Does Child Custody Have To Be Determined By A Court?
Child custody can be one of the most emotionally-charged and contentious issues that parents face, but it doesn’t have to be. While the default may be allowing a court to determine custody, there are other options that allow you to resolve all outstanding child custody issues without setting foot in a courtroom. In fact, in most cases, having a judge decide the outcome of your custody case is actually the last and least preferable option. The ideal scenario is for co-parents to mutually agree to all terms related to the child’s custody so that the court would not have to get involved. The court only has to determine matters that the parents cannot reach an agreement on. While you may be concerned about your ability to reach a decision with a partner you are divorcing, you may also be surprised at the success rates of many of these methods. After all, avoiding litigation over your children has financial benefits for both parties, is better for everyone’s mental health, and can expedite the divorce process. These are some highly persuasive factors that have likely been missing from your past arguments.
Alternatives to Court for Child Custody Agreements
As noted above, the option to go to court is always there, but it is generally a good idea not to make that your first stop. By utilizing some of these other methods you may be able to resolve all or some of your outstanding custody matters without a judge getting involved.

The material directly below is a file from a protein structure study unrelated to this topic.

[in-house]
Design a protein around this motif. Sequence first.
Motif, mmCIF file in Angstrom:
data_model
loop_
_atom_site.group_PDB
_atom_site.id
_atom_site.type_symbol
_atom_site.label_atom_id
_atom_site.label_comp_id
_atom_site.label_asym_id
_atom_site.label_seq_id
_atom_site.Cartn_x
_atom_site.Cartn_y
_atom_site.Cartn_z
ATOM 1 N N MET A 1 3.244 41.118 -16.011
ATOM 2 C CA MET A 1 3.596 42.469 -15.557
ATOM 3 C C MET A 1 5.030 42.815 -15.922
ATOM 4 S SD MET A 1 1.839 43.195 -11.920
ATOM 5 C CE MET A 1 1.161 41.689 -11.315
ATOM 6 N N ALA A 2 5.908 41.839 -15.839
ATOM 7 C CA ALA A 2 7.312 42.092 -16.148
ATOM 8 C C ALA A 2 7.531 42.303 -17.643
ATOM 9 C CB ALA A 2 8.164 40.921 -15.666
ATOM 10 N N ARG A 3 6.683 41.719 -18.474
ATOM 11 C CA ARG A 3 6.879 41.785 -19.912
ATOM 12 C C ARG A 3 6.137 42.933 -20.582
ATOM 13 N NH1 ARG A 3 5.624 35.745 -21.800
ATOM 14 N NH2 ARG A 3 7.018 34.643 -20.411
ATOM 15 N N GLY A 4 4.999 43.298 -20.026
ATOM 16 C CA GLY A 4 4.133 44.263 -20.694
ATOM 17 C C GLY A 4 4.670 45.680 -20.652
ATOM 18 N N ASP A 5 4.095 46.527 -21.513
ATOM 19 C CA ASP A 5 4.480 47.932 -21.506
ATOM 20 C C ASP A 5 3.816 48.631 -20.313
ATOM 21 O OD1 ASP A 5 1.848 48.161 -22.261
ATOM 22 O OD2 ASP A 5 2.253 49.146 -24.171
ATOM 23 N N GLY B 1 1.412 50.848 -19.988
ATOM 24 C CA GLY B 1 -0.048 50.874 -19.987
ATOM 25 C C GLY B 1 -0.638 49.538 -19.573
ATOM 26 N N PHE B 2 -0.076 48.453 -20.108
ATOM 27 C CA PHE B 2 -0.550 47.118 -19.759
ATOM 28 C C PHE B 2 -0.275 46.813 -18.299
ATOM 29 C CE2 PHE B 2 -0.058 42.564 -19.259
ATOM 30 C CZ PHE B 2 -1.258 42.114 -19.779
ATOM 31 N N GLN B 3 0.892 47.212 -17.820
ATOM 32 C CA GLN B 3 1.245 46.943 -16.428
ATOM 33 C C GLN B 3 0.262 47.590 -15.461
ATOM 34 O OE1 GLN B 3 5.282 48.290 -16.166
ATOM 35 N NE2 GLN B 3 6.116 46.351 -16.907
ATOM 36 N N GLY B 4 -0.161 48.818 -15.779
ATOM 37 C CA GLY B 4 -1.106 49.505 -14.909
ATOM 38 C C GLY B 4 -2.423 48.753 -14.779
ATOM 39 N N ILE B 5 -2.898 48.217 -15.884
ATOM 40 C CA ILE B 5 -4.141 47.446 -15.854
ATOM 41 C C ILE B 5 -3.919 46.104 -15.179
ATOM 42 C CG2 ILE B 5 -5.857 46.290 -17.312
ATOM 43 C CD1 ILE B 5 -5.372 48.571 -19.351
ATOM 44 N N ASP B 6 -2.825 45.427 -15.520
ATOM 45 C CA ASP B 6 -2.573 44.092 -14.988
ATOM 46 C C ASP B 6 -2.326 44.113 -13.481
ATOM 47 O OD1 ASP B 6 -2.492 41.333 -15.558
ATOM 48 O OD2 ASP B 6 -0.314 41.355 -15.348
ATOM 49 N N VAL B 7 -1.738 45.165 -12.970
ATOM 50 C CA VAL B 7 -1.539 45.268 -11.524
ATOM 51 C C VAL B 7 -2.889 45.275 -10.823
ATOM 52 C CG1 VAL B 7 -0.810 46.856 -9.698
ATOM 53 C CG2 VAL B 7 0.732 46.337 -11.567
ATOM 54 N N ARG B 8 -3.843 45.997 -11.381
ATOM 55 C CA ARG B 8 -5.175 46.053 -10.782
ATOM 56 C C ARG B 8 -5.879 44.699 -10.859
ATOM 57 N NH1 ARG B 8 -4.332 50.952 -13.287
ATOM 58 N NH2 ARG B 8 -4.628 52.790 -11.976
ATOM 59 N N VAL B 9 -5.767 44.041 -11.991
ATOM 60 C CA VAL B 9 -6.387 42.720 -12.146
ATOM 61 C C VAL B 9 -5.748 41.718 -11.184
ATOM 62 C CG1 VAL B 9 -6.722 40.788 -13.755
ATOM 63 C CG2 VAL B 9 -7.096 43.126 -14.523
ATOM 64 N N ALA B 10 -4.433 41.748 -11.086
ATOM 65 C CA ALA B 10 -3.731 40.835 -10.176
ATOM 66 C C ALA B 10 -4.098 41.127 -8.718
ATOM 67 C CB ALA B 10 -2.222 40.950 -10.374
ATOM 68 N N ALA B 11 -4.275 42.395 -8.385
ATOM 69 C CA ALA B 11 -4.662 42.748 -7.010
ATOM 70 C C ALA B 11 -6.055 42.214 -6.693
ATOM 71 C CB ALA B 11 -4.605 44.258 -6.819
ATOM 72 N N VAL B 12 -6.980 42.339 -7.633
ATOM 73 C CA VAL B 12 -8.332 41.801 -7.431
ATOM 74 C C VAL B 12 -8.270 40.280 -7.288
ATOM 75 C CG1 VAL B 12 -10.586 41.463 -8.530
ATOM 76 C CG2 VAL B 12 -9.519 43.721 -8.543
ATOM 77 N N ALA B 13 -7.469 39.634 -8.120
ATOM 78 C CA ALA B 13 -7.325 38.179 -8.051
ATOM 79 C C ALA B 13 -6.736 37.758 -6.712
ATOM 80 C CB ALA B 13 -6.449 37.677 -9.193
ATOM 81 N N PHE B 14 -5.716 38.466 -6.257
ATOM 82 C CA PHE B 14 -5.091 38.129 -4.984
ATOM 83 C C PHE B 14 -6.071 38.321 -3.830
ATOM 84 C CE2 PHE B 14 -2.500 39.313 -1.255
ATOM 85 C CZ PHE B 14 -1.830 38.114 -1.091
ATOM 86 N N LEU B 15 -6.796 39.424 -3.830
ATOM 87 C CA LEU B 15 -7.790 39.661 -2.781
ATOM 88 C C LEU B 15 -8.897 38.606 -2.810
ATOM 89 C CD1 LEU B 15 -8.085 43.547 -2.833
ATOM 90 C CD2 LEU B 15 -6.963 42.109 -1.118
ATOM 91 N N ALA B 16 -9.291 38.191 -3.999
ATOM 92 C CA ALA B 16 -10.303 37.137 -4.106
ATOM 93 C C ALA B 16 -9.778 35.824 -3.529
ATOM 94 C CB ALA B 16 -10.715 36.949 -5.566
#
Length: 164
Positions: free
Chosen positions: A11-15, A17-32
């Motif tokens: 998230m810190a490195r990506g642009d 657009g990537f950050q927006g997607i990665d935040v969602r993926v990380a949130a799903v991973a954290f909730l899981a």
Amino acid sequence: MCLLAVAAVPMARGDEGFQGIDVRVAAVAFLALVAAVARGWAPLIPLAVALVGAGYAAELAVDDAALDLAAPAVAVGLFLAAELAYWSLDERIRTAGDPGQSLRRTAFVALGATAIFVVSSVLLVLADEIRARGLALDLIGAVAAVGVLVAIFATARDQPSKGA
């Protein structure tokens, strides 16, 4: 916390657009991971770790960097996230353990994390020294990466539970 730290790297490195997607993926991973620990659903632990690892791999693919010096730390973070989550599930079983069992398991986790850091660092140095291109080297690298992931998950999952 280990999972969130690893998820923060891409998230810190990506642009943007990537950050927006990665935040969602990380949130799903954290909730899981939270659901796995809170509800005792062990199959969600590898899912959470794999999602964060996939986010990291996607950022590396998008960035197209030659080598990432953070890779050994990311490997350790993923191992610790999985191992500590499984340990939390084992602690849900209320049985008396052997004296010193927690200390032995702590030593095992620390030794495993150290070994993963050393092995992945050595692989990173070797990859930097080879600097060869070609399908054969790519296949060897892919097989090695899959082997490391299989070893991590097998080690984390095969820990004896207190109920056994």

- Agree on your own. The easiest and most cost-effective scenario involves you and your co-parent deciding all necessary child custody issues and developing a parenting plan on your own. The plan must then be drafted, signed by both parties, and submitted to the court for approval by the judge.
- Collaborative child custody. Through the collaborative process, co-parents who cannot reach an agreement on their own can each retain a lawyer who will represent their interests and overall objectives in negotiating the child custody agreement and parenting plan. If the collaborative process works, the finalized agreement will be signed and submitted to the court for approval. If the process is not successful, each party will need to retain a new attorney and start the process over in court through litigation.
- Mediation has a high success rate, even among couples who swear that they have never been able to agree upon anything. By using a neutral third-party mediator trained in conflict resolution, both parties will be supported in working toward a mutually-agreeable solution that meets their shared overall objectives. Many people find mediation preferable to collaboration because if the mediation is not successful, they do not have to start from scratch. Rather, any progress that they made in mediation (meaning any issues that have been resolved) will be transferred to the court, leaving only the remaining issues to be litigated. This means that even a “failed” mediation can have financial benefits by cutting down on the time required in court. Additionally, if either party had an attorney to help them through the mediation, they can keep the same attorney if they go to court.
Contact the Divorce Attorneys at Peeples Law
If you are going through a divorce or dealing with the resolution of a child custody matter, it’s important to have an experienced legal advocate on your side. The Birmingham divorce attorneys at Peeples Law are ready to help you secure the best possible outcome for you and your family. Contact Peeples Law today to schedule a consultation.